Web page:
Today, was my last day of my internship at Verbling and tomorrow, I leave San Francisco. I have learned SO much from being here and I want to share my reflection and insights with you in this post. I’ve split it up into two categories to specify what I learned directly from my internship and what I learned from outside my internship:

What I learned from my internship:

 Customer Support is more important than you think technically I learned this from Delivering Happiness by Tony Hsieh but the idea is that customers will always be the most important aspect to your company(in my opinion). It’s important to help them out as much as you can and make sure they’re happy. If you happen to be placed in the customer support sector, learn to enjoy it! It may sound hard but assisting other people find solutions to their problems can make you happy 🙂

Everyone’s opinions are valid- I really loved this part about my team. Even though I wasn’t an engineer or a co-founder, my opinion still mattered and my team members listened to what I had to say. If I had an idea and explained it, people listened. I felt extremely lucky to have the ability to share my thoughts as an intern.

You can work outside of your “field”– I mostly did customer support and social media management but one day, I asked if I could try coding a little bit and I actually got to! It was beginner stuff but at least they gave me the chance to try it out and I enjoyed it! I also had to do research statistics for my boss for a meeting with an investor and that was something I felt inexperienced in. However, I did it to the best of my ability and succeeded with the help other team members!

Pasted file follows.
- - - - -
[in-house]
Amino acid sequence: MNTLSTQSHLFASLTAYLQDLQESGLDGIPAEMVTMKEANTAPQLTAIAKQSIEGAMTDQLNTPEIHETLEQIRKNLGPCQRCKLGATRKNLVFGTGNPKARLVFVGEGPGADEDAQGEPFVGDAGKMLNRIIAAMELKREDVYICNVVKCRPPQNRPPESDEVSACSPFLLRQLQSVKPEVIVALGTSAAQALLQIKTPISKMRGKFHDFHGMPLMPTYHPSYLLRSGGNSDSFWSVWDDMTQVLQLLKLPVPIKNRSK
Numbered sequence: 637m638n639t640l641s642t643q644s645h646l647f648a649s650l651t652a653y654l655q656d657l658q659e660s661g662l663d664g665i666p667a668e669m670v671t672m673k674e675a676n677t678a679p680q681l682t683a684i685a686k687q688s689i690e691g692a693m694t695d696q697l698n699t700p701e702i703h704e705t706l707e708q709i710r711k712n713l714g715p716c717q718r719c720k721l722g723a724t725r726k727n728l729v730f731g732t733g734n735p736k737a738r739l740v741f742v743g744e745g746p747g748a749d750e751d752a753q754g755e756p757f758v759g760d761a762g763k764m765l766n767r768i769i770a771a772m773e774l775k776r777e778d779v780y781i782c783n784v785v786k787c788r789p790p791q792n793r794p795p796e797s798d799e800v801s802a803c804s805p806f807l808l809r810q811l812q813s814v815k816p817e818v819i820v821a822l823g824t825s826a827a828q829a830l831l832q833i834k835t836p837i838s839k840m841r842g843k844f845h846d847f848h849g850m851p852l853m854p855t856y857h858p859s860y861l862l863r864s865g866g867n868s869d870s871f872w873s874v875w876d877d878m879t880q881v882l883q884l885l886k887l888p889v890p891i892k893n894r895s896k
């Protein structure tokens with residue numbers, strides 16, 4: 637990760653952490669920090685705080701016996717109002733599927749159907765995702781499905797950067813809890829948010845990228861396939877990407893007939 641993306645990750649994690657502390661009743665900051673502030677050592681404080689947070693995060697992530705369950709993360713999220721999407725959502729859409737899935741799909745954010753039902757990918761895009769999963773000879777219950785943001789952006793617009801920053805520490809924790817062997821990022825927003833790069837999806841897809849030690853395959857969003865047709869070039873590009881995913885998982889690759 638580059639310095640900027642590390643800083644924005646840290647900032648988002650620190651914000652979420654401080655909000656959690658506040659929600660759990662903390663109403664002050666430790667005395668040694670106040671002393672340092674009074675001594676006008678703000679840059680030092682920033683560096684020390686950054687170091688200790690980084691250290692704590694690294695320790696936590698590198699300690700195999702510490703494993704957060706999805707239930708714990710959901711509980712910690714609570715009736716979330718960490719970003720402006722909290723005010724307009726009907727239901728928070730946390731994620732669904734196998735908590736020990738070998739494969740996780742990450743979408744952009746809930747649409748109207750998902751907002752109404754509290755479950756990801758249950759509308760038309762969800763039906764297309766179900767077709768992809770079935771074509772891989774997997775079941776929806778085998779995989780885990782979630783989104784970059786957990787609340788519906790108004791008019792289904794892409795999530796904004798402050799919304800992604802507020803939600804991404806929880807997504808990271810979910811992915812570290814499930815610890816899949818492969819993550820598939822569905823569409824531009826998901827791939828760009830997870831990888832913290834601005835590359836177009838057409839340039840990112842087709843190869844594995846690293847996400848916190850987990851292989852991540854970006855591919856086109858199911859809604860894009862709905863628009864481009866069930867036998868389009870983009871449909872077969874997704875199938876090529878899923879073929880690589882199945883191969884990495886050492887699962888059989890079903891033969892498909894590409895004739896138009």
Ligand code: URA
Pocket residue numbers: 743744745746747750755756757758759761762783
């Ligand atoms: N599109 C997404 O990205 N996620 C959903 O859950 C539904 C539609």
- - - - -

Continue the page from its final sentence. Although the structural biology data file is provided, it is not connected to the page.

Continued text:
You won’t always be told what to do- I think this is especially true with startups who are still at an early stage but I imagine this applies to other jobs as well. A lot of the times, I had to find my own projects because everyone else was busy doing their own thing. One project I completed was a press release. I wrote up a press release for the first time and my journalist friend edited it, and I sent it out to a few blogs. I haven’t received any replies yet but it’s now I have an idea of how to write one!

40 hours is A LOT per week-  I felt so relieved when they told me I didn’t have to commit 40 hours a week if I didn’t want to. Working six hours everyday drained me- I can’t even imagine putting in 70 or 80! It’s not that I didn’t enjoy the work but rather some days were long and repetitive and others were exciting and dynamic.

What I learned from living in San Francisco:

Co-living spaces are definitely better than a hotel or regular hostel– living at The Embassy Network was, by far, the best decision I could have made as far as accommodations. It’s hostel/co-living space. I created strong friendships with the permanent residents and met a wide variety of unique people who stayed in the hostel. The community in this house is so welcoming. Every Sunday night around 7pm there is communal dinner where up to 50 people come  to eat and we prepare the food. I can’t wait til I come back to San Francisco and stay here again. Oh, and on the floor below the main floor is a bowling lane 😉